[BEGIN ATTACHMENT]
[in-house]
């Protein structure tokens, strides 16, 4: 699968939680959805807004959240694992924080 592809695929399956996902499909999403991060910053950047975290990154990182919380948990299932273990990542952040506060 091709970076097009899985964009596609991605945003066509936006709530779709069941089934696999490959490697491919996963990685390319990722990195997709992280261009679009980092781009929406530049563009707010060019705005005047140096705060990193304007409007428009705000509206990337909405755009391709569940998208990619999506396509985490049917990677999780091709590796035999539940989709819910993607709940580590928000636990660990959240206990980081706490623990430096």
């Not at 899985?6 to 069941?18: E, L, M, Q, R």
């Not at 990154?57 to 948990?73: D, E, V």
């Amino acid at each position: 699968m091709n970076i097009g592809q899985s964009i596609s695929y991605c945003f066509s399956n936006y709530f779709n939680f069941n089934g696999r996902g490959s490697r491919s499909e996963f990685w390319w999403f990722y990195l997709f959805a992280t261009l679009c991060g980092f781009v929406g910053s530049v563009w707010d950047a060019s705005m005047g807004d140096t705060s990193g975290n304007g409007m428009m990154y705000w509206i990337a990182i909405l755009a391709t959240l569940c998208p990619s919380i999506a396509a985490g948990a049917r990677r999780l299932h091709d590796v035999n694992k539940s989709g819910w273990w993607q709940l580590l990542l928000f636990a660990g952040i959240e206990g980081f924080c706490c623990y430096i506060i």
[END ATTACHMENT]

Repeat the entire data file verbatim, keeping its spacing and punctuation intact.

[in-house]
């Protein structure tokens, strides 16, 4: 699968939680959805807004959240694992924080 592809695929399956996902499909999403991060910053950047975290990154990182919380948990299932273990990542952040506060 091709970076097009899985964009596609991605945003066509936006709530779709069941089934696999490959490697491919996963990685390319990722990195997709992280261009679009980092781009929406530049563009707010060019705005005047140096705060990193304007409007428009705000509206990337909405755009391709569940998208990619999506396509985490049917990677999780091709590796035999539940989709819910993607709940580590928000636990660990959240206990980081706490623990430096």
């Not at 899985?6 to 069941?18: E, L, M, Q, R």
């Not at 990154?57 to 948990?73: D, E, V």
């Amino acid at each position: 699968m091709n970076i097009g592809q899985s964009i596609s695929y991605c945003f066509s399956n936006y709530f779709n939680f069941n089934g696999r996902g490959s490697r491919s499909e996963f990685w390319w999403f990722y990195l997709f959805a992280t261009l679009c991060g980092f781009v929406g910053s530049v563009w707010d950047a060019s705005m005047g807004d140096t705060s990193g975290n304007g409007m428009m990154y705000w509206i990337a990182i909405l755009a391709t959240l569940c998208p990619s919380i999506a396509a985490g948990a049917r990677r999780l299932h091709d590796v035999n694992k539940s989709g819910w273990w993607q709940l580590l990542l928000f636990a660990g952040i959240e206990g980081f924080c706490c623990y430096i506060i």